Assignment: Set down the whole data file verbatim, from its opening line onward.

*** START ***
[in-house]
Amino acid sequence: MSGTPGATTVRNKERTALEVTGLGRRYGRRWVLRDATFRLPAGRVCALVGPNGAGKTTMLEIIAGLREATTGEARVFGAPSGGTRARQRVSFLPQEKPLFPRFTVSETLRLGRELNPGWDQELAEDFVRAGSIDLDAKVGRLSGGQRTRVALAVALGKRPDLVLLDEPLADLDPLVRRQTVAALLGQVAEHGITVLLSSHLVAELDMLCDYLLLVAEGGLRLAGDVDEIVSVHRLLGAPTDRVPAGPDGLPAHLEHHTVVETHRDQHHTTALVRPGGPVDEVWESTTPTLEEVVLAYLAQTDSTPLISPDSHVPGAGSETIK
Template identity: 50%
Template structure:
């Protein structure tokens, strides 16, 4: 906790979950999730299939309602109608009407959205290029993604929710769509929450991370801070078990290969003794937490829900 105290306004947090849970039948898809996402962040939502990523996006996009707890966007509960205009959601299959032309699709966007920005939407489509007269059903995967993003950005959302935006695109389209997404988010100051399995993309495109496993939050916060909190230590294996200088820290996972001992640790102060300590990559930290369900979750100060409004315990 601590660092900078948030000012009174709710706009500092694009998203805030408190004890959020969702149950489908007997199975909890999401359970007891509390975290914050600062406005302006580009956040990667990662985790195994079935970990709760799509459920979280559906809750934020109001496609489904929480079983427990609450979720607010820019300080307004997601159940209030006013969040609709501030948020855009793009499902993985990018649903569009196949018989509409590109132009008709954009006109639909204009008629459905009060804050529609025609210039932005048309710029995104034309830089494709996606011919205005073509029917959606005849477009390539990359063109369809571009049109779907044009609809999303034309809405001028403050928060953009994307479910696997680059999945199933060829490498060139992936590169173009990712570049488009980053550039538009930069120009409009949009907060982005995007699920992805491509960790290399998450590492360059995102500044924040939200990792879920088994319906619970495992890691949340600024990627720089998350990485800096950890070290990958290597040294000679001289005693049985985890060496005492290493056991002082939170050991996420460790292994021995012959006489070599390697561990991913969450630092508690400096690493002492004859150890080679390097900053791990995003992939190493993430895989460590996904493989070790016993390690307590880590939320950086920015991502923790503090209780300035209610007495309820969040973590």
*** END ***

[in-house]
Amino acid sequence: MSGTPGATTVRNKERTALEVTGLGRRYGRRWVLRDATFRLPAGRVCALVGPNGAGKTTMLEIIAGLREATTGEARVFGAPSGGTRARQRVSFLPQEKPLFPRFTVSETLRLGRELNPGWDQELAEDFVRAGSIDLDAKVGRLSGGQRTRVALAVALGKRPDLVLLDEPLADLDPLVRRQTVAALLGQVAEHGITVLLSSHLVAELDMLCDYLLLVAEGGLRLAGDVDEIVSVHRLLGAPTDRVPAGPDGLPAHLEHHTVVETHRDQHHTTALVRPGGPVDEVWESTTPTLEEVVLAYLAQTDSTPLISPDSHVPGAGSETIK
Template identity: 50%
Template structure:
């Protein structure tokens, strides 16, 4: 906790979950999730299939309602109608009407959205290029993604929710769509929450991370801070078990290969003794937490829900 105290306004947090849970039948898809996402962040939502990523996006996009707890966007509960205009959601299959032309699709966007920005939407489509007269059903995967993003950005959302935006695109389209997404988010100051399995993309495109496993939050916060909190230590294996200088820290996972001992640790102060300590990559930290369900979750100060409004315990 601590660092900078948030000012009174709710706009500092694009998203805030408190004890959020969702149950489908007997199975909890999401359970007891509390975290914050600062406005302006580009956040990667990662985790195994079935970990709760799509459920979280559906809750934020109001496609489904929480079983427990609450979720607010820019300080307004997601159940209030006013969040609709501030948020855009793009499902993985990018649903569009196949018989509409590109132009008709954009006109639909204009008629459905009060804050529609025609210039932005048309710029995104034309830089494709996606011919205005073509029917959606005849477009390539990359063109369809571009049109779907044009609809999303034309809405001028403050928060953009994307479910696997680059999945199933060829490498060139992936590169173009990712570049488009980053550039538009930069120009409009949009907060982005995007699920992805491509960790290399998450590492360059995102500044924040939200990792879920088994319906619970495992890691949340600024990627720089998350990485800096950890070290990958290597040294000679001289005693049985985890060496005492290493056991002082939170050991996420460790292994021995012959006489070599390697561990991913969450630092508690400096690493002492004859150890080679390097900053791990995003992939190493993430895989460590996904493989070790016993390690307590880590939320950086920015991502923790503090209780300035209610007495309820969040973590």